The words "preach the Gospel" are one word in the Greek (euaggelizo). The word is rooted in the word 'angel' (Gk. aggelos). ‘Preacher’ = euaggelizo (evangelist), and aggelos (angel/preacher). The word 'angel' can apply to spiritual beings as well as to preachers. That is, anyone who brings a message, including a pastor or even an angel from Heaven.

The words "should be made of none effect" are one word in the Greek (kenoo). It means to be made devoid of force, or empty of meaning; or made to appear hollow or false; or 'without a gift' (that is, there is no spiritual wealth, virtually saying that there is no spiritual use or understanding); or one who boasts faith but has no fruit; or labours that result in nothing.

Paul is telling the Corinthians something that all preachers and pastors ought to listen to. That is, when God calls a man to an office, it is not a prompt to do everything within the Church! It is a fact, in most local churches, that the pastor fills every office - pastor, evangelist, teacher - you name it and the pastor does it. Yet, the pastor's major task is to shepherd the flock. This involves teaching, but it does not mean he must be a full-time teacher. Indeed, the pastor may not be spiritually equipped to be all those things anyway!

A pastor must learn to accept that the local church is NOT his property! He is NOT a manager who must exert his personal power over men and women. He is just one person, with one office. Possibly, the same man may be given several offices at a particular time, but that does not mean he must function in them all at all times.

The normal position is that God calls and gifts one man to one office, or several that are closely linked. That is why Paul says he was called to preach (evangelise) rather than to baptise. We are not minimising baptism if we say that the actual act of baptising someone is almost a menial task – perhaps even a deacon's task. Baptism conducted by a pastor confers no spiritual benefit that I know of, and I know of no command or teaching that demands pastoral baptism.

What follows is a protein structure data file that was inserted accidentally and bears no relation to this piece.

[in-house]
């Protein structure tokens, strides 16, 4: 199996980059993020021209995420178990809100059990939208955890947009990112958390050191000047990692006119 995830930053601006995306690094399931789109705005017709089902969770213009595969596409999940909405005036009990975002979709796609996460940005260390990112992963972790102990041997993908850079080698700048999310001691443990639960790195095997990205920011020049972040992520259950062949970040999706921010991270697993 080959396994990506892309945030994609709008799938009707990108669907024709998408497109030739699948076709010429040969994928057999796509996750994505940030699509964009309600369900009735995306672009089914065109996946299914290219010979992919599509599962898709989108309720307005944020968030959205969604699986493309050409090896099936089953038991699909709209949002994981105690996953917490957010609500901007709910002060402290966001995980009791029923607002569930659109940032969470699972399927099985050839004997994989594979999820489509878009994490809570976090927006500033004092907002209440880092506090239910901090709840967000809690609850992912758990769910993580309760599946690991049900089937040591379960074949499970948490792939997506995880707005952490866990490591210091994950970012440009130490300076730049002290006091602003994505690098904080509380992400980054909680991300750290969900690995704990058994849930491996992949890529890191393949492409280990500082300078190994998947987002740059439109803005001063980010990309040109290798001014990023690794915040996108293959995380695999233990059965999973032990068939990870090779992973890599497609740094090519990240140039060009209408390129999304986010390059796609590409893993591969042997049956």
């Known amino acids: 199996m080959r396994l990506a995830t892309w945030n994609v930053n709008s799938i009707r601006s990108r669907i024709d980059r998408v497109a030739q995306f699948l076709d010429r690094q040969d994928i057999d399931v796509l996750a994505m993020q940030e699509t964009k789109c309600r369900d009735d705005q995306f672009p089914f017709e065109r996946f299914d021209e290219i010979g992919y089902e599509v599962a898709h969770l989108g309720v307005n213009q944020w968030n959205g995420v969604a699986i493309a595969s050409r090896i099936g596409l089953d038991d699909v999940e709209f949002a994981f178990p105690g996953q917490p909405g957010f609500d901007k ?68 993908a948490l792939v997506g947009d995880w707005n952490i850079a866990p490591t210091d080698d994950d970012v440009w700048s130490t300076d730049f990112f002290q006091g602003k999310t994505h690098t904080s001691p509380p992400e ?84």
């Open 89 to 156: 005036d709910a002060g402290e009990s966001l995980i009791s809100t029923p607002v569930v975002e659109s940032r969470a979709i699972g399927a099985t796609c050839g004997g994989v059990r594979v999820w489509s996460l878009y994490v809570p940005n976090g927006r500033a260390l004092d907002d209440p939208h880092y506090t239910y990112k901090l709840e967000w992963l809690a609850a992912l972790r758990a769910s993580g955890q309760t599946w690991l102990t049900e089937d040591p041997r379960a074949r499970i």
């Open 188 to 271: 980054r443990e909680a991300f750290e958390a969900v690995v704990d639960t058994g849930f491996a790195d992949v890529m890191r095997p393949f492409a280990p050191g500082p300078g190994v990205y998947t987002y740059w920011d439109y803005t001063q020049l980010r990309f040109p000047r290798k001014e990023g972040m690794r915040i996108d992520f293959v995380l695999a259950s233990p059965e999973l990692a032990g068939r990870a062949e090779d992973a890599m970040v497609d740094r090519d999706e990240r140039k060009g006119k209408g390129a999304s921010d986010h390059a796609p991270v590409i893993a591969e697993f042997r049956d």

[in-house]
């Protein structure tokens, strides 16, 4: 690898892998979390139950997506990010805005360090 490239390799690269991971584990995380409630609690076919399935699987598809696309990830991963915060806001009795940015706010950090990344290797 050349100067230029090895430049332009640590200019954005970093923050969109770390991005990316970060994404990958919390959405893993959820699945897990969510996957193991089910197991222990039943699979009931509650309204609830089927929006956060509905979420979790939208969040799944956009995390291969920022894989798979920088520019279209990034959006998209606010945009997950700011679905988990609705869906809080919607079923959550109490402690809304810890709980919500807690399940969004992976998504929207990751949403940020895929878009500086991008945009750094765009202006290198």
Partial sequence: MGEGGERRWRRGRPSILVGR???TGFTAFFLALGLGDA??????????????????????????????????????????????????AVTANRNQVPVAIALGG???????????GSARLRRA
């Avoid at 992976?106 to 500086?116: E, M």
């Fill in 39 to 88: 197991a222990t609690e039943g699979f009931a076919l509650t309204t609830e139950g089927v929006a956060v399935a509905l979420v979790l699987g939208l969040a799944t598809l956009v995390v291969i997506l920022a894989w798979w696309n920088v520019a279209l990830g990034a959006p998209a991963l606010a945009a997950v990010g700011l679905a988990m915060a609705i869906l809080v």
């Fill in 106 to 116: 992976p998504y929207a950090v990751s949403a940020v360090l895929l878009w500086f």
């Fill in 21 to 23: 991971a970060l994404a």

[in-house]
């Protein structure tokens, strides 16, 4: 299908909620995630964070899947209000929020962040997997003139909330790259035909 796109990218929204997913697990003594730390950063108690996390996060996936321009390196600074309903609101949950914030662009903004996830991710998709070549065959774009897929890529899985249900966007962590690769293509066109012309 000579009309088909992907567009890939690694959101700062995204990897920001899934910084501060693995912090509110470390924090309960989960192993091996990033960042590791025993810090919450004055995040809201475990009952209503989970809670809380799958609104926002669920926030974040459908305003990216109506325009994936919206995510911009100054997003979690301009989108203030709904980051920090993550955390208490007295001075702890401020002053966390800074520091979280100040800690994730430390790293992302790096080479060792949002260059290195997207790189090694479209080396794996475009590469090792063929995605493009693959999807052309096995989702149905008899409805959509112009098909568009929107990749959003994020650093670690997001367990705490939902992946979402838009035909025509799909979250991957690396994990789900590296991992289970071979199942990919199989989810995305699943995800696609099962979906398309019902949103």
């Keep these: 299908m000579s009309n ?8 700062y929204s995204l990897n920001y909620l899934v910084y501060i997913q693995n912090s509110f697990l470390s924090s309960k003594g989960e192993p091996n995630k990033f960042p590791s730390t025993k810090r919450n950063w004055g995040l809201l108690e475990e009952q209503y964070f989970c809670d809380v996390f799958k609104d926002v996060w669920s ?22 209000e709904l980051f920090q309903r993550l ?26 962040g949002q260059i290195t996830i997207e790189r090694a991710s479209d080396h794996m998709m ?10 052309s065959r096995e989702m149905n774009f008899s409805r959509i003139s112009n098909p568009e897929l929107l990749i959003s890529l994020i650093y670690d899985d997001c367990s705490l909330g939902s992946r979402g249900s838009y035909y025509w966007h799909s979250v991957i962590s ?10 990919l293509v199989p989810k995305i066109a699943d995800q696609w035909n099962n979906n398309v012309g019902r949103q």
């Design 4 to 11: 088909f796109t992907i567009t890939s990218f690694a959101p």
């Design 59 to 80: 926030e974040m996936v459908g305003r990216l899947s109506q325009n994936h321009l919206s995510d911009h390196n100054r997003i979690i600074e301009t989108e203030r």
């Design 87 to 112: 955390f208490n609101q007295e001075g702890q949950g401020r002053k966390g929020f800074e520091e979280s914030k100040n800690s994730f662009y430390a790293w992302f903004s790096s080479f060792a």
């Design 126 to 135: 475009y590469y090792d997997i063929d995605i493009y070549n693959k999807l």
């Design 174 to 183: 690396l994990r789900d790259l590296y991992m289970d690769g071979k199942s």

For Paul, his main task was to preach the Gospel of Jesus Christ, that men may be saved. He was called and gifted to the office of evangelist. He was not concerned with baptising people himself, probably because baptism is subsequent to salvation and not necessary for it. Thus, someone else could baptise the saved.

Important though baptism is, it is not the private domain of pastors, or of any other office-bearer (I do not use the term 'officer' - see Article on pastors). But, today, pastors think they must head every function and do every job. This is an historical mistake, not a necessity. How many tasks are done by pastors, when they should or could be done by deacons, or others? How much time and effort is wasted by pastors on tasks God has not called them to perform?

How many evangelists think they are pastors, when they are not? How many pastors think they are evangelists, when they are not called? How many church 'services', led by pastors, are given over to 'evangelism', when a local church is the meeting place of Christians, not unbelievers? We could go on and on, comparing traditional errors with Biblical standards, for there are many errors!

Paul did not speak from his own acknowledged learning and status, though he had considerable levels of both. He was more than capable of debating men of philosophical background, but he did not use such word-games to entice people to salvation; something very common in our day. He did not engineer his arguments and manipulate listeners with psychological or semantic wizardry - again very common today, especially amongst charismatics.

It is observable that many charismatics are not aware they are manipulating people, because they have learned how to do what they do from others and think it is normal to use tactics and strategies. That makes their work gamesmanship, and not gospel preaching. It is why music is used to 'good' effect; it is why various, ever-changing 'methods' are used to draw people into the churches.

Paul rejects all of that, and simply tells people what God has told him! He had not just basic, but advanced knowledge of God's word. He had even been taught personally by Jesus Christ. But, he did not use these things like a formula; every preaching situation was different, and so, each time, Paul preached differently, although the message was always the same.